That said, there's a fairly wide range of music that does interest us: Some of it swirling underground, still developing... Some obvious to all: I mean, what independent record label wouldn't want to release a Deerhunter or No Age single this year? Here two are current - near perfect - examples of bands that are closing on the pinnacle of their individual visions; their music is both catchy and disorienting by turns, textured, melodic, and perhaps most importantly, surprising (considered in context). They are becoming indie touchstones: the bands that younger bands emulate.

Anyway. Suicide Squeeze does get a lot of cool stuff in the mail. The best music often gets buried under an avalanche of grossness... That's to be expected... Thing is: the music I'm getting most out of is happening around me all the time... As much as I'd like to highlight a few demos, I find that there's a lot more to talk about purely on the local level.

The number of musicians hovering around Seattle and Olympia - that are playing shows and self-releasing music of extreme quality - is just ridiculous... I'm talking about bands/labels/releases that easily parallel, if not surpass, most of the albums I spend my food and drug money on...

Yah, it's like that everywhere... Iowa City, Atlanta, Portland, Los-Smell-Angeles; even fucking Brooklyn must have a wealth of sound secreted away, songs so new the Pitchfork trident has yet to pierce them...

Back when I was living in Ohio, I thought that nothing could touch the diversity of music surfacing between Akron and Cleveland, where divergent scenes developed massive potency in relative isolation. I realize now that the personal connections I had with these players - either as friends, or because I saw so many of their shows - made all the difference. You study what interests you; you move closer to the things you love: you do these things because they come naturally, because what is unforced almost always makes the most sense. Nothing in nature says no.

Which brings me to Levi Fuller and his Ball of Wax Series... Levi really does too much for Seattle. He runs with a myriad of sonic projects (all of them worthy of attention), is deeply involved with Hollow Earth Radio, and acts as a kind of scene curator/taste-maker by focusing attention on his favorite local music through Ball of Wax.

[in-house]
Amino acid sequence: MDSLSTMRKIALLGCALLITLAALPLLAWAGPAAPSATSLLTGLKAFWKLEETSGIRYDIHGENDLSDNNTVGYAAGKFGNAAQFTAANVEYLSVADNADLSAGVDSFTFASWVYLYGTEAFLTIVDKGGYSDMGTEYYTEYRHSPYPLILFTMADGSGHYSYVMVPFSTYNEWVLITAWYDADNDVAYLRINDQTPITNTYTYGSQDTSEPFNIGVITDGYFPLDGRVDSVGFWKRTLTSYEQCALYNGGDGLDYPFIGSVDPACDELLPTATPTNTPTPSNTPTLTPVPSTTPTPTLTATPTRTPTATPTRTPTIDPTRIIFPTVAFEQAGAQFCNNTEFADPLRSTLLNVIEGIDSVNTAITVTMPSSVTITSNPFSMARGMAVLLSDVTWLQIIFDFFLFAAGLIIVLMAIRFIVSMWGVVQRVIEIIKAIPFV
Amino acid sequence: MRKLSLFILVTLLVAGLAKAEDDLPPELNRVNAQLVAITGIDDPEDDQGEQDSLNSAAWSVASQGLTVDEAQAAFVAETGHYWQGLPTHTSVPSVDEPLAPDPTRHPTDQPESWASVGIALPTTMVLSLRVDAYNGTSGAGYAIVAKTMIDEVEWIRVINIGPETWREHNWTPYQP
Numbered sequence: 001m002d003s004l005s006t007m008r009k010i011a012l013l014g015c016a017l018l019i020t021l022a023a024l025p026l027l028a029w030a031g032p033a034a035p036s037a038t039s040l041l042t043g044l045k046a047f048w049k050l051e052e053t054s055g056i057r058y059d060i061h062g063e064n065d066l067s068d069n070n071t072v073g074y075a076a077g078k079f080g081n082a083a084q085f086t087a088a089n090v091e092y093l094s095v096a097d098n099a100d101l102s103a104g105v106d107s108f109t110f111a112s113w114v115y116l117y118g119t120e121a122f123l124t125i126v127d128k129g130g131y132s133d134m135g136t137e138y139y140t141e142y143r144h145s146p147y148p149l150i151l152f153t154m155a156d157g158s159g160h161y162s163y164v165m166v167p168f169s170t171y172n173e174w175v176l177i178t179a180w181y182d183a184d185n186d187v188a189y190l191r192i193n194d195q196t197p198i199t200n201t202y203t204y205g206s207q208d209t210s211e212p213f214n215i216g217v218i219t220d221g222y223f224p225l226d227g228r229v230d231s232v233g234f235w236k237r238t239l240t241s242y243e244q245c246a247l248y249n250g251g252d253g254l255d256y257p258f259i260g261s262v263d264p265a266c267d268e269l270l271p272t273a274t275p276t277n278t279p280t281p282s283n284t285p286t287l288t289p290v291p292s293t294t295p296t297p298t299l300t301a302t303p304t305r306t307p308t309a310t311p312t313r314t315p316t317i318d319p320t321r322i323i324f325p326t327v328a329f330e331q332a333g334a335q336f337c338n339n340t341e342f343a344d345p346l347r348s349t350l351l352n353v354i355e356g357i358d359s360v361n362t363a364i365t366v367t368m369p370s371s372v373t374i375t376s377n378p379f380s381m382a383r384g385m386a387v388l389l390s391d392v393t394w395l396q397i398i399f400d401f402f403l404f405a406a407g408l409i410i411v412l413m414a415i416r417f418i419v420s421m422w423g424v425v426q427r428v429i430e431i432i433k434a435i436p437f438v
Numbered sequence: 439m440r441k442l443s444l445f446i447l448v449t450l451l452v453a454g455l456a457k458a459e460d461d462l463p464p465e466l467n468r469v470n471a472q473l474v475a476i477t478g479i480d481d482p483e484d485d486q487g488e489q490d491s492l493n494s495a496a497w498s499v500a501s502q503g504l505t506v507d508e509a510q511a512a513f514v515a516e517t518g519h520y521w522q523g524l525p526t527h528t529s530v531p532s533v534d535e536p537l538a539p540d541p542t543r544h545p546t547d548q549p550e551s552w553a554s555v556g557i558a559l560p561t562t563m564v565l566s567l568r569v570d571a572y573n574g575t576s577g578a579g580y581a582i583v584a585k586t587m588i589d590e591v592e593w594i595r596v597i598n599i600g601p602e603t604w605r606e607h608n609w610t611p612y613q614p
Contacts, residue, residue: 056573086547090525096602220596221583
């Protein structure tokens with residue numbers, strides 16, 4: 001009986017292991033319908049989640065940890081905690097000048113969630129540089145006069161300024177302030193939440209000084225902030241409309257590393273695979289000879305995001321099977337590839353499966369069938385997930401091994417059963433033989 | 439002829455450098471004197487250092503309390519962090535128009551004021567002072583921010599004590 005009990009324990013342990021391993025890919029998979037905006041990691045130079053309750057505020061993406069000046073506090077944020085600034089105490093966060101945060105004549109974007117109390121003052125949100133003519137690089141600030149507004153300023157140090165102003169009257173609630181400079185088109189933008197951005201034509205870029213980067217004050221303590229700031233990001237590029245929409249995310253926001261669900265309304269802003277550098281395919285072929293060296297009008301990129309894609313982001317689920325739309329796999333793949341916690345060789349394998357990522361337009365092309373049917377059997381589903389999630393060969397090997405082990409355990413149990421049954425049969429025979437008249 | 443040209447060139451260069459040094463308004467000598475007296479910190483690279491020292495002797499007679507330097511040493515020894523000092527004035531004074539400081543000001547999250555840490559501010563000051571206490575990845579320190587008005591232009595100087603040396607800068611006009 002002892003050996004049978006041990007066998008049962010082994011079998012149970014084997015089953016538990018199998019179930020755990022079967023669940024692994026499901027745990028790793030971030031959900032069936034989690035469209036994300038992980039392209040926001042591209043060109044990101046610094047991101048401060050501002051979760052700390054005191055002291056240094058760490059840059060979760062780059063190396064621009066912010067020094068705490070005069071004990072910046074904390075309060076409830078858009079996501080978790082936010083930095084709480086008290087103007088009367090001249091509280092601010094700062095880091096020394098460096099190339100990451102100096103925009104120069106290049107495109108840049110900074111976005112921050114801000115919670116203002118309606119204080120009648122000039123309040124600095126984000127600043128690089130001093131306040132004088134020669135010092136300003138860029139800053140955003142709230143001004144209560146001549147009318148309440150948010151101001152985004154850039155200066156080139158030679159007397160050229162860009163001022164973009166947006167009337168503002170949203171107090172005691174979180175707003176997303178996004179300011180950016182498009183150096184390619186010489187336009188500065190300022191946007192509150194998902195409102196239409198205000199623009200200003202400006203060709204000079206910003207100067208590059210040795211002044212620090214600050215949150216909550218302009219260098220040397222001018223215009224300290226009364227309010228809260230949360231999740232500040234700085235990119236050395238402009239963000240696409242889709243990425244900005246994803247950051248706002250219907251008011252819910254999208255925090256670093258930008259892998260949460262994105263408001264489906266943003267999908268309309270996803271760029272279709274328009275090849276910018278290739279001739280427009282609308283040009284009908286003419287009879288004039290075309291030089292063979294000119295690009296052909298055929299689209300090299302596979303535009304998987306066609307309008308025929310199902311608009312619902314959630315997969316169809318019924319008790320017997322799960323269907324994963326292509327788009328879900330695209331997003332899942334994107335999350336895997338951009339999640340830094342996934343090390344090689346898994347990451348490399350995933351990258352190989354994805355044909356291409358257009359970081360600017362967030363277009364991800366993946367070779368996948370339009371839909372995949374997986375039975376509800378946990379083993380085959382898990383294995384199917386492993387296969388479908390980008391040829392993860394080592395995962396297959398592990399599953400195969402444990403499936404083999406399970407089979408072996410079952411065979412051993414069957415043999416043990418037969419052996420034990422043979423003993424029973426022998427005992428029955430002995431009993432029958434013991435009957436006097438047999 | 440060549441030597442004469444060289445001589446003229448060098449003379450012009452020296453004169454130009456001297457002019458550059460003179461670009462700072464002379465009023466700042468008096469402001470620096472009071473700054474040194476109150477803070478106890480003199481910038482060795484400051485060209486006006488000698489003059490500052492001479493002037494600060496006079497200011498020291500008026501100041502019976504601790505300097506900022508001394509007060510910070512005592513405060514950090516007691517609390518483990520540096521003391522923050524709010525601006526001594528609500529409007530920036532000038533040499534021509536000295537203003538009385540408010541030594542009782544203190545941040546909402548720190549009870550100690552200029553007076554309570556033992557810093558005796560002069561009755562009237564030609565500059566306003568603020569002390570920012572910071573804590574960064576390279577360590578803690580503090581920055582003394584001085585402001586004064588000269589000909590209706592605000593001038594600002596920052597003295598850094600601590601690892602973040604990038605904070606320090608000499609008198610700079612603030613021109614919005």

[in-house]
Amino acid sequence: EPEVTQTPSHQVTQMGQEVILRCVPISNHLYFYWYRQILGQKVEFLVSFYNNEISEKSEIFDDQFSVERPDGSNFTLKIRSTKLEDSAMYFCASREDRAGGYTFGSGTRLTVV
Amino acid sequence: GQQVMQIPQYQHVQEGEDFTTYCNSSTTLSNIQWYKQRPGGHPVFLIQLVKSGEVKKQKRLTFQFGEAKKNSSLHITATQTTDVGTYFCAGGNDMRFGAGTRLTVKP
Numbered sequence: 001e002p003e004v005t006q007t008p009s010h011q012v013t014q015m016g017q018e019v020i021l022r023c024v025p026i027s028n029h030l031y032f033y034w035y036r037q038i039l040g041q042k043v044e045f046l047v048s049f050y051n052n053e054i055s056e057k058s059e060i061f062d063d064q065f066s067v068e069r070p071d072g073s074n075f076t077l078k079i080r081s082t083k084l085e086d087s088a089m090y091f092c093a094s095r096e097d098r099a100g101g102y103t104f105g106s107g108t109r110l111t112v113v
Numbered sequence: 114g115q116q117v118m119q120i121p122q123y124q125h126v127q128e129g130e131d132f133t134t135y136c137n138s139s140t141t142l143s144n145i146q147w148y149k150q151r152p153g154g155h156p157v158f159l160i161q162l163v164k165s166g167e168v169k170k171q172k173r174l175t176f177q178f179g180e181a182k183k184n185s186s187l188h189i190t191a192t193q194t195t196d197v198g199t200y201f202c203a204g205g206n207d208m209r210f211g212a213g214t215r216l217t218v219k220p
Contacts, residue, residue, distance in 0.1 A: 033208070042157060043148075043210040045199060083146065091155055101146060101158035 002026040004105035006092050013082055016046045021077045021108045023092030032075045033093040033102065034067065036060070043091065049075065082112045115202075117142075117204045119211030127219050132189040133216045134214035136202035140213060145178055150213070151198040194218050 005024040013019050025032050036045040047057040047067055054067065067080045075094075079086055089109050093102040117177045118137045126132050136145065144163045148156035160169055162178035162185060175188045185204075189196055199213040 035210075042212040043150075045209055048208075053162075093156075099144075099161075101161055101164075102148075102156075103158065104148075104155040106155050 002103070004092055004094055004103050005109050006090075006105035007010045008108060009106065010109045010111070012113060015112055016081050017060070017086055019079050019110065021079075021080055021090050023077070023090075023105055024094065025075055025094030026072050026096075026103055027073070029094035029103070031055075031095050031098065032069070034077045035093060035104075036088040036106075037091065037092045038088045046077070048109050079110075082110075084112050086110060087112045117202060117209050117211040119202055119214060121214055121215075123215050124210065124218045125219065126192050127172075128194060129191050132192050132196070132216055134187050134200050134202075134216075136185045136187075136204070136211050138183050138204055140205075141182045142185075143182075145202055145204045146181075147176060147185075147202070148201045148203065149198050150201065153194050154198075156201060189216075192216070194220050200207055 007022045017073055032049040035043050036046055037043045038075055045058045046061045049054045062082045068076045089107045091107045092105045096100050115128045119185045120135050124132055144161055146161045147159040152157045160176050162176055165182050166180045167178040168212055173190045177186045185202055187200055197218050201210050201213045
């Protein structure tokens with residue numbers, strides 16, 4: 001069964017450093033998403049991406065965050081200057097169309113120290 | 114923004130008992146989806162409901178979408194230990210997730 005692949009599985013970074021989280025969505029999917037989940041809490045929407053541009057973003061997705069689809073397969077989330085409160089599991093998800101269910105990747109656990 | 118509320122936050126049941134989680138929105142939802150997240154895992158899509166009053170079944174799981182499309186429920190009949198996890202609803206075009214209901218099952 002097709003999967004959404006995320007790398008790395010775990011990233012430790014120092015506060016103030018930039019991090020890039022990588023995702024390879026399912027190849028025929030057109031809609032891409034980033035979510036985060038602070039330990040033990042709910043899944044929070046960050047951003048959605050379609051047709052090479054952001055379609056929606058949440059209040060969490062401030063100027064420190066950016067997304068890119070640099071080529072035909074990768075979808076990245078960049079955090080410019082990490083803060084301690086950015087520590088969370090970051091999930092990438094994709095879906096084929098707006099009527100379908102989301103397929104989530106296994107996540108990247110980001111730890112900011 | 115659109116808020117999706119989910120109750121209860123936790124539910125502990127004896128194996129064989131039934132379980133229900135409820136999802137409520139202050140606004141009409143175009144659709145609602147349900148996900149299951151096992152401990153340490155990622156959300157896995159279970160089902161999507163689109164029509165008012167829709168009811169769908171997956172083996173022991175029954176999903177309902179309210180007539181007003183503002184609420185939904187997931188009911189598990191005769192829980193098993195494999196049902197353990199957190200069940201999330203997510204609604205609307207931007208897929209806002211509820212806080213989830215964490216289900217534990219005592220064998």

I went to Ball of Wax 16 at The Sunset earlier this month, unsure of what to expect... $7 got me in the door, plus a copy of the latest installment: a booklet and CD tucked in a cardboard folder. Unexpected, and cool.

The music compiled on the disk rolls across a landscape of varied sound... Eighteen area musicians contribute a track (including one from each of the night's performers). However, the show leaned hard on the rocking/singing material, leaving the quieter, private moments for later listening. [I'm sure Sokai Stilhed either has, or will participate in future shows]. If the billing had been better balanced, it may have more accurately reflected Levi's overall aesthetic choices... but this is a very minor gripe. Of all the live acts, BLOUSE went the furthest afield. I've played the fuck out of his song "Pimm" ever since, but I couldn't suppress a distracting fit of giggles once the yogi-spirit-wiz (in sunglasses) began to twist on stage, arms flapping, as his incense smoked off a small table.

I'll attend more of these events because they stress exactly what I was trying to convey earlier in the post - about the personal connection I feel after witnessing a performance, and how that connection intensifies when there's a musical reminder to take home... The way Levi does it, one experience illuminates another. The audio, visual and social elements are brought together in a way that encourages deeper exploration and understanding. And that rips.